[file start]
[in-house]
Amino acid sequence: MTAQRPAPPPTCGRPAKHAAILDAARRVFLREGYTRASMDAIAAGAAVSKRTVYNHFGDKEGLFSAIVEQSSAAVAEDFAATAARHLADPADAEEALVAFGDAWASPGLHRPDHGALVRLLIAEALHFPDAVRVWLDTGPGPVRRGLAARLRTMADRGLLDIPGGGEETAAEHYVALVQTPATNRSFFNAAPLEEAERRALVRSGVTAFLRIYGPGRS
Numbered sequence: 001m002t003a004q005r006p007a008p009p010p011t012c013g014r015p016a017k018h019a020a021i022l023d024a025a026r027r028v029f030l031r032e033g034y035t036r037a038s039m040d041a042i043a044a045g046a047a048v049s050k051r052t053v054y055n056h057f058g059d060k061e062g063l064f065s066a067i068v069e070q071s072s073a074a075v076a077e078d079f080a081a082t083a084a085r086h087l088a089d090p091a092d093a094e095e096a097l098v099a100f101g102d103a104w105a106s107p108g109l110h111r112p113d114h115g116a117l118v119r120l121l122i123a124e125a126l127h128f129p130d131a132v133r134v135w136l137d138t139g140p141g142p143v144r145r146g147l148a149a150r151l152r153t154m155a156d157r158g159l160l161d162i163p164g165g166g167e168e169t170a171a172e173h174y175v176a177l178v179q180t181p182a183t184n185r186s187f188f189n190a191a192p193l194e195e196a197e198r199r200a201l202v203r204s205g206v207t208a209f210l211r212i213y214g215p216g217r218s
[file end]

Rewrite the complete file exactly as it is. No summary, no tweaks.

[in-house]
Amino acid sequence: MTAQRPAPPPTCGRPAKHAAILDAARRVFLREGYTRASMDAIAAGAAVSKRTVYNHFGDKEGLFSAIVEQSSAAVAEDFAATAARHLADPADAEEALVAFGDAWASPGLHRPDHGALVRLLIAEALHFPDAVRVWLDTGPGPVRRGLAARLRTMADRGLLDIPGGGEETAAEHYVALVQTPATNRSFFNAAPLEEAERRALVRSGVTAFLRIYGPGRS
Numbered sequence: 001m002t003a004q005r006p007a008p009p010p011t012c013g014r015p016a017k018h019a020a021i022l023d024a025a026r027r028v029f030l031r032e033g034y035t036r037a038s039m040d041a042i043a044a045g046a047a048v049s050k051r052t053v054y055n056h057f058g059d060k061e062g063l064f065s066a067i068v069e070q071s072s073a074a075v076a077e078d079f080a081a082t083a084a085r086h087l088a089d090p091a092d093a094e095e096a097l098v099a100f101g102d103a104w105a106s107p108g109l110h111r112p113d114h115g116a117l118v119r120l121l122i123a124e125a126l127h128f129p130d131a132v133r134v135w136l137d138t139g140p141g142p143v144r145r146g147l148a149a150r151l152r153t154m155a156d157r158g159l160l161d162i163p164g165g166g167e168e169t170a171a172e173h174y175v176a177l178v179q180t181p182a183t184n185r186s187f188f189n190a191a192p193l194e195e196a197e198r199r200a201l202v203r204s205g206v207t208a209f210l211r212i213y214g215p216g217r218s